Diamond traders have raised concerns ahead of next month’s Hong Kong Jewellery & Gem Fair, as mass protests have caused chaos and dented local demand.
The show will still take place as planned, organizers Informa Markets confirmed to Rapaport News Friday. However, access to the venues is currently difficult, according to dealers, who are pinning their hopes on unrest in the city receding by the time the event begins on September 16.
“You don’t know where to go in Hong Kong right now,” said Vincent Yiu, director of Hong Kong-based Brilliant Trading Company, which plans to exhibit at the fair. “There are protesters literally in all areas. If it happened today, I don’t think the show would be good.” The riots are likely to calm down when protesters return to school and university in September, he added.
Anti-government demonstrations began in June, and have developed into large-scale civil disobedience across the city center, including near the show venues.
Hong Kong International Airport suspended departures for periods of Monday and Tuesday, after campaigners held a sit-in lasting several days. The site, as well as being the main entry point for visitors, is located next to AsiaWorld-Expo, where the loose-diamond exhibition will run from September 16 to 20.
Activists and police officers have also clashed near the Hong Kong Convention & Exhibition Centre in the Wan Chai area, which will host the jewelry section of the show from September 18 to 22.
“The impact [of the protests] is very, very negative,” said Ephraim Zion, founder of Hong Kong-based high-end jeweler Dehres. “Sentiment is very, very bad. We don’t know what’s going to happen. I’ve already been informed by a few clients that they’re not coming [to the exhibition]. The show will happen no matter what, [but] I expect very few people to come.”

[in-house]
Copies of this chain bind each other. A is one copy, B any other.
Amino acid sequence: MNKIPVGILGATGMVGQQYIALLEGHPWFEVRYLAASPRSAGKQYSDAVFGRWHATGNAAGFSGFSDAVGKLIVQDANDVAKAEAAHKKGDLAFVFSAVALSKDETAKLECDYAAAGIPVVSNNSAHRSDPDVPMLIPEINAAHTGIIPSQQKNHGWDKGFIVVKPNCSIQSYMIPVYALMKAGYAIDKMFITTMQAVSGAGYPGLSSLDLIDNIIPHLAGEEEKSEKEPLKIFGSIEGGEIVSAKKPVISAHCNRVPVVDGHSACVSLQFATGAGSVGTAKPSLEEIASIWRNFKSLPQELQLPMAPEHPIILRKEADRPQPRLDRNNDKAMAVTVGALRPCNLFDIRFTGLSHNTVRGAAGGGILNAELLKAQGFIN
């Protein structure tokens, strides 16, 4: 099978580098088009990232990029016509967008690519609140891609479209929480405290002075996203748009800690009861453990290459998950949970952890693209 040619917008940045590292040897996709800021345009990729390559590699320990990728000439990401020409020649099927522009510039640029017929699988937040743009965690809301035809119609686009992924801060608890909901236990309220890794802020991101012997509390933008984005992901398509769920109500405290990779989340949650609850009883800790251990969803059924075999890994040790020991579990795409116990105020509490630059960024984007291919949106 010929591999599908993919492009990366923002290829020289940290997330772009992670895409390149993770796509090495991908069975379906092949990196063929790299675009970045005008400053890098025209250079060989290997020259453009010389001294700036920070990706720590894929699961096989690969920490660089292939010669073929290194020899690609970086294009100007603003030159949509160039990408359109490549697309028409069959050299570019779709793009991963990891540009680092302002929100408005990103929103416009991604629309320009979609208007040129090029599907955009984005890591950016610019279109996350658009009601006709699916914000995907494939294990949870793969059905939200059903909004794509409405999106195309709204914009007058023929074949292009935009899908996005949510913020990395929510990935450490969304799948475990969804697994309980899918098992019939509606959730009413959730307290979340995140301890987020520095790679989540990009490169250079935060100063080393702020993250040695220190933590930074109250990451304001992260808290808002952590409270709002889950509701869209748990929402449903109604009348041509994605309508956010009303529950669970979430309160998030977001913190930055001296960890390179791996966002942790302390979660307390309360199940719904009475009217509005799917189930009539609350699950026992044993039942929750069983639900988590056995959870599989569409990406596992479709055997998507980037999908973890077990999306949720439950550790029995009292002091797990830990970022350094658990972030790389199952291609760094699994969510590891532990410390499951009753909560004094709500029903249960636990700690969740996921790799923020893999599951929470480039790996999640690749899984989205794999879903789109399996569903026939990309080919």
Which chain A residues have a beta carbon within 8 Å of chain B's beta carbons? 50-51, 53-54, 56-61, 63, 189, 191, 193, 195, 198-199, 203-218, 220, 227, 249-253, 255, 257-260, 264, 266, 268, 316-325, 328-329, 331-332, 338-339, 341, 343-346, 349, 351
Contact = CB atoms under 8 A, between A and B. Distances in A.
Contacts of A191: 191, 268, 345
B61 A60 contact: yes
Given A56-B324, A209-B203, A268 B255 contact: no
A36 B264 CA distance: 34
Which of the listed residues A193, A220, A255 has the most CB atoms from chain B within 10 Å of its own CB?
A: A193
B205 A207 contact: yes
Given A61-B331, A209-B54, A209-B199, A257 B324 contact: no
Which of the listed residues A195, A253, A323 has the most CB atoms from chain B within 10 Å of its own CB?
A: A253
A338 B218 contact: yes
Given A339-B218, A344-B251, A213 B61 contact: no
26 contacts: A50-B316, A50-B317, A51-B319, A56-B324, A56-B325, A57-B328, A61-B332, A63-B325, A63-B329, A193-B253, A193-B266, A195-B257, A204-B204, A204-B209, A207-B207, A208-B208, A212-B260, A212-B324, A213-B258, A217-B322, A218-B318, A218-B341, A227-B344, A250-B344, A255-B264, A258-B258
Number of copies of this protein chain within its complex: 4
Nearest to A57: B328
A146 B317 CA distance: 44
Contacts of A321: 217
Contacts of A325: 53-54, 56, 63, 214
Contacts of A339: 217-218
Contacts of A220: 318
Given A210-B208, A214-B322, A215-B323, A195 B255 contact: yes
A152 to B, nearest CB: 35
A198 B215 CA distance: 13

Zion said he wouldn’t attend the show if it were today, but expects the Chinese People’s Liberation Army to take action if the protests continue for much longer. Meanwhile, sales at his domestic retail clients have “plummeted,” as the unrest has forced stores to shut, Zion added. “There is some demand from overseas, but locally, it’s dead,” he explained.
The riots have disrupted the municipality’s Mass Transit Railway (MTR), with videos appearing on the internet showing violence inside underground stations. The US State Department raised its travel warning for Hong Kong to level two last week, urging visitors to “exercise increased caution” due to civil unrest.
“We recognize the challenges we face given the recent public incidents in Hong Kong, but rest assured we have prepared — and are constantly updating and adjusting — a comprehensive contingency plan in partnership and in close coordination with all industry stakeholders,” a spokesperson for Informa said.
The procedures cover “virtually every scenario during the different phases of our show,” explained Informa, which has operated the event since acquiring UBM, the former owner, last year. The plans were already in place for the June edition of the fair, a smaller event, which “went off without a hitch,” the company added.
The September exhibition, a key event for trading goods ahead of the holiday season, comes amid generally weak consumer demand in greater China. Local jewelry sales have declined due to Beijing’s tariff dispute with the US, with the protests further fueling the downturn. The Chinese yuan has depreciated 2.6% against the Hong Kong dollar since January 1, reducing the spending power of tourists visiting from the mainland.
“The last three quarters [have] been quite challenging for the industry, and this is the very reason why exhibitors, buyers and stakeholders across the entire business spectrum are fully engaged to get the most out of the September fair,” Informa added.